Being a “good student” according to commonsense is often idealistic. We imagine the good students as quiet, smart, and well behaved. Students are expected to sit quietly in their desks and stay on task during class. Students who obey the teacher and do their work as expected are considered the “good” and “normal” children while those who do not are considered “bad” or “not good” students. The students who can learn well by sitting and listening or sitting and reading are the children who often benefit from this type of model but a lot of children do not learn like this.
This type of thinking often creates a barrier between the teacher and student if the student does not behave according to the social standards placed on them. A lot of students do not fit this idealistic version of a good student, especially those with a learning impairment. Children who need different teaching and learning methods can have difficulty with school because they do not fit the good student role and often get in trouble because of it. These students often get played off as stupid or not worth it but that is almost never the case. This model does not support these types of children and can make it harder for them to learn in schools.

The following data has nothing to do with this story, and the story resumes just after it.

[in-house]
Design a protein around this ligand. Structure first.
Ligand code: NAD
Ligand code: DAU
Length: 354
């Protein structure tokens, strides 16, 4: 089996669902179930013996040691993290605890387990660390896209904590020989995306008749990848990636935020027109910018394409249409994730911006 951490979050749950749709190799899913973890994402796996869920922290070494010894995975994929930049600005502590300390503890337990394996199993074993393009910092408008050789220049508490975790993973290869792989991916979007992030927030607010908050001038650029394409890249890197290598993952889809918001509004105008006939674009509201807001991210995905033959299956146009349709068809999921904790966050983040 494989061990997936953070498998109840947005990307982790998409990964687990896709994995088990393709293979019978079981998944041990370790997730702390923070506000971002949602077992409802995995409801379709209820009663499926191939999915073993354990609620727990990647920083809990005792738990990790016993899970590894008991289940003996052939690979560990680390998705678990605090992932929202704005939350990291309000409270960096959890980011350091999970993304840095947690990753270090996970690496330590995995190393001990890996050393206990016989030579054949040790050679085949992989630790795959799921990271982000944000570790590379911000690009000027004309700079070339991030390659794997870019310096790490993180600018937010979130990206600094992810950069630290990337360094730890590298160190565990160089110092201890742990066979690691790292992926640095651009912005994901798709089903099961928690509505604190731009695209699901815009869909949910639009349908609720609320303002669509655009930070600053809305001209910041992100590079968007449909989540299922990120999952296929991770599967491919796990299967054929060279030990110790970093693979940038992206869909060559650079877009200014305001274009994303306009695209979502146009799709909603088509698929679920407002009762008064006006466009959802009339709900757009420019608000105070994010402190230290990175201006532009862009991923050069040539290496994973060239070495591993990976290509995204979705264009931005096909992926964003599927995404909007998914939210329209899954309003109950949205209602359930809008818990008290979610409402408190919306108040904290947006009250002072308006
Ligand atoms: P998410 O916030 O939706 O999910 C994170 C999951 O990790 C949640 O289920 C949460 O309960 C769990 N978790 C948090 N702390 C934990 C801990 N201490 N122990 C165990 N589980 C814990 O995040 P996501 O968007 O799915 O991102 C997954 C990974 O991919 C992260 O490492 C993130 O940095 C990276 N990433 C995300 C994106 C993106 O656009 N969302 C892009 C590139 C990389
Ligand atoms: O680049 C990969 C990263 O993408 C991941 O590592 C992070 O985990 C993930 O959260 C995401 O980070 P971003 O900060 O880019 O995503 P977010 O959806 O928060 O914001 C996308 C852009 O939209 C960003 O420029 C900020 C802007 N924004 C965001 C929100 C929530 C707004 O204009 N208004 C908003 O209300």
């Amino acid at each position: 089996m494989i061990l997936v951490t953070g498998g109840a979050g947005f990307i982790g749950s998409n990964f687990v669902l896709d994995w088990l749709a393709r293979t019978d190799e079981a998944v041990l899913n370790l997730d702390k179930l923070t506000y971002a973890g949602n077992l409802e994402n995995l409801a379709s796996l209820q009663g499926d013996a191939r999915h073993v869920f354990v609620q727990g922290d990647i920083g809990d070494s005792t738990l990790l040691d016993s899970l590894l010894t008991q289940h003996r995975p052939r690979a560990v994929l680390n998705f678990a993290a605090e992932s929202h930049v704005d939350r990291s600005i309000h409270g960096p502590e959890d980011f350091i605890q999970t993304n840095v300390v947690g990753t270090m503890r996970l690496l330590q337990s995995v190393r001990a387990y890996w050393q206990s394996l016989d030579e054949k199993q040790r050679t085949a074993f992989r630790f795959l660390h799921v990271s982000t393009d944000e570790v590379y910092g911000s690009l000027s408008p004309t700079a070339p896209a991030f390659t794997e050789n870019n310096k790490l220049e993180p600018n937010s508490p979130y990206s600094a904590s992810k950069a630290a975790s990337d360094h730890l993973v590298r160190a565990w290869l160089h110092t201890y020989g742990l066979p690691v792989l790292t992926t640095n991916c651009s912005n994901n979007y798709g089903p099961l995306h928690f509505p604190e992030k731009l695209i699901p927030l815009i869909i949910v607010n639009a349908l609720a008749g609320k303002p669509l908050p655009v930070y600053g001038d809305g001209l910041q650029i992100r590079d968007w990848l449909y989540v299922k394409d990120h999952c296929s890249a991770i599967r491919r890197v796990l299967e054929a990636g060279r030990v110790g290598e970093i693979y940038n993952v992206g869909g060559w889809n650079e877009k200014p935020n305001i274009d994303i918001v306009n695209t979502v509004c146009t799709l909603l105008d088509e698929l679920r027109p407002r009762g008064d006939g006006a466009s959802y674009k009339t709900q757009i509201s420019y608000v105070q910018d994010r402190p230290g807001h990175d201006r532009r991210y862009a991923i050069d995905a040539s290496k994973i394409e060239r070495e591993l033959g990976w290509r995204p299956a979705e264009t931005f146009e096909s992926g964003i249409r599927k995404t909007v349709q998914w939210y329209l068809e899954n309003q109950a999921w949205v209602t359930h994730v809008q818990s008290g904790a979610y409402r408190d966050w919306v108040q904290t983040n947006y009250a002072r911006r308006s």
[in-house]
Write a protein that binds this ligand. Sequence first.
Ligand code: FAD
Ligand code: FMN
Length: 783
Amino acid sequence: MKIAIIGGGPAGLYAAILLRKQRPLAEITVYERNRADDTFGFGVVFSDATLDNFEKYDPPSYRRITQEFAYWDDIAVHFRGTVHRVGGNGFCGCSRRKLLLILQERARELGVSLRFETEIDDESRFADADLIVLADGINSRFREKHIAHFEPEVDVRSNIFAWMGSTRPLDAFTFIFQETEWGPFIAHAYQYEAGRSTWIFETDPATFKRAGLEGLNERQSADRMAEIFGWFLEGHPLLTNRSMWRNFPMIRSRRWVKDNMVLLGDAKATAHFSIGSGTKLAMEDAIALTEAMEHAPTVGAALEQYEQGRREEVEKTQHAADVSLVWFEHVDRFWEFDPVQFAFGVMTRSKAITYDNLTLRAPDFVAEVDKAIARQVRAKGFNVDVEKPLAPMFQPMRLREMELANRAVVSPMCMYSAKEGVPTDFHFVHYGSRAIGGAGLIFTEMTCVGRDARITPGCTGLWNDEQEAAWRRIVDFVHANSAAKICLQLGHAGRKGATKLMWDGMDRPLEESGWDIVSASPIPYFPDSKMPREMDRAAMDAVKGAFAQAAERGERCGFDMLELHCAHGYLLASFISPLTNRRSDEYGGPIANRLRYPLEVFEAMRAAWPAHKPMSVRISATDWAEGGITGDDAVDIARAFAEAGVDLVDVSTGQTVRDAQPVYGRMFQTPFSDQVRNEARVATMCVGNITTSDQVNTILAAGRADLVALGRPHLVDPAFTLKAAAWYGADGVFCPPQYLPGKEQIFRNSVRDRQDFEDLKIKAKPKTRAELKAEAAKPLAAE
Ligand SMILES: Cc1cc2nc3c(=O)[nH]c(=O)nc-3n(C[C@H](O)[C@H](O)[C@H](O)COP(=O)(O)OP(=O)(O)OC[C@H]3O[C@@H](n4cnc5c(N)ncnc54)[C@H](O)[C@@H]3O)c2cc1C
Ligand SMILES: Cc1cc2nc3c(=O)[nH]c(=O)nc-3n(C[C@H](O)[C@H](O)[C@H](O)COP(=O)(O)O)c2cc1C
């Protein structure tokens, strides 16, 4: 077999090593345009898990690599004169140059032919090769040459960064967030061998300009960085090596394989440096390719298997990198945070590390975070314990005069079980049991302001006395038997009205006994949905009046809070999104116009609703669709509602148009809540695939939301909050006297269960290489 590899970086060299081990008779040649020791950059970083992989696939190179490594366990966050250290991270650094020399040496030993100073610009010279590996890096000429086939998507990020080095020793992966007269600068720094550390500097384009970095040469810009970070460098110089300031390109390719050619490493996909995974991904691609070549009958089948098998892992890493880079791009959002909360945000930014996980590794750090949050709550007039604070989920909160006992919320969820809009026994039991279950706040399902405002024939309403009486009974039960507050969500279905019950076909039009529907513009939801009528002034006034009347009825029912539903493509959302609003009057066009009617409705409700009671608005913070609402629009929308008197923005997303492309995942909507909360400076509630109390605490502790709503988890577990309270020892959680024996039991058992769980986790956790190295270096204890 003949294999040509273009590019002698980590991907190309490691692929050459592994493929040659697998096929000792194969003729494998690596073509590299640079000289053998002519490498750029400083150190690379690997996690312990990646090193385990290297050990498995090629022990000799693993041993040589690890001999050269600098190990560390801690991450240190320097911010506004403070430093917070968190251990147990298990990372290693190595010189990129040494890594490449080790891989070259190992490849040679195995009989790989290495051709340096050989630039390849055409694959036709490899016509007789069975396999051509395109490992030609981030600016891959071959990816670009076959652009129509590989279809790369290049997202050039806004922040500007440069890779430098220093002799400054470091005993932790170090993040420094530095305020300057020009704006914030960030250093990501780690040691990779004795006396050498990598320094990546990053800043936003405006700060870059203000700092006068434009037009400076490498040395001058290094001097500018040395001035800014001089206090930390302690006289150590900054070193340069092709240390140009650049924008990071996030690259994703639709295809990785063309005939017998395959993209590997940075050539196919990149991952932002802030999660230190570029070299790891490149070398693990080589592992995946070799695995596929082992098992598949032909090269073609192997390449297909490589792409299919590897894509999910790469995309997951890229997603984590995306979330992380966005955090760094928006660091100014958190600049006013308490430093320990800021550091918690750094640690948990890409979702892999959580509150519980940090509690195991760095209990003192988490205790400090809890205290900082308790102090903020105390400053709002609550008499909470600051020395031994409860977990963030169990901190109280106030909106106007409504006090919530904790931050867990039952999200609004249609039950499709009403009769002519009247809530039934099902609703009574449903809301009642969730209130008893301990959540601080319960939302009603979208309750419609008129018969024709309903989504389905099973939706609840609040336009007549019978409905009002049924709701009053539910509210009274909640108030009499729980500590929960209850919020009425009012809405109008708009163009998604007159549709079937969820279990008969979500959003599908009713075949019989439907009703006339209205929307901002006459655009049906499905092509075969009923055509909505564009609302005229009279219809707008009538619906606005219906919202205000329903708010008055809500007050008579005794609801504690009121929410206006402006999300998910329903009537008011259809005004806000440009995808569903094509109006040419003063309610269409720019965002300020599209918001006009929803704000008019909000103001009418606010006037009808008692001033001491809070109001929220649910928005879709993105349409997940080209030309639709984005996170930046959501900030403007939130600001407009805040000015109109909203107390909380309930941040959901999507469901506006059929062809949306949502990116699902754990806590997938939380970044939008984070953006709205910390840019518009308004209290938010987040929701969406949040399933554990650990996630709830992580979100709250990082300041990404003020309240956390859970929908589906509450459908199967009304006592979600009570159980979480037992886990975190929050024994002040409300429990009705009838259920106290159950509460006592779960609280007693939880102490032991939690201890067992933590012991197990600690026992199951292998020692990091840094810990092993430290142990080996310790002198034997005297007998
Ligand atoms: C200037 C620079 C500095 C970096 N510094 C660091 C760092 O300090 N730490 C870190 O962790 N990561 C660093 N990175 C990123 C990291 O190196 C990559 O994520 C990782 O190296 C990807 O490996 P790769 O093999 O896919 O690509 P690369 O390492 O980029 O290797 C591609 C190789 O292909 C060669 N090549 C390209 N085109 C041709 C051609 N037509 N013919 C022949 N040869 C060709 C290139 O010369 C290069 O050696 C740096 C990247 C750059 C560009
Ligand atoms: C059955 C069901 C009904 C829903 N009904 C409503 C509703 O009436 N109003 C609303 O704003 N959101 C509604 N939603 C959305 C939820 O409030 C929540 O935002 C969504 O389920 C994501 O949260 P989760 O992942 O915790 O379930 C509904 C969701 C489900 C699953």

We need to take into account all children’s learning styles and find ways to make adaptive changes in the classroom when necessary. The base model of schools has not changed which can make it difficult to interrupt the narrative but until we do there will always be a separation for the students who do not function as well in this type of situation. We as teachers need to also interrupt the narrative that there are “good” and “bad” students because every child is different. By interrupting this narrative we can better educate each child and give each child more equal opportunities.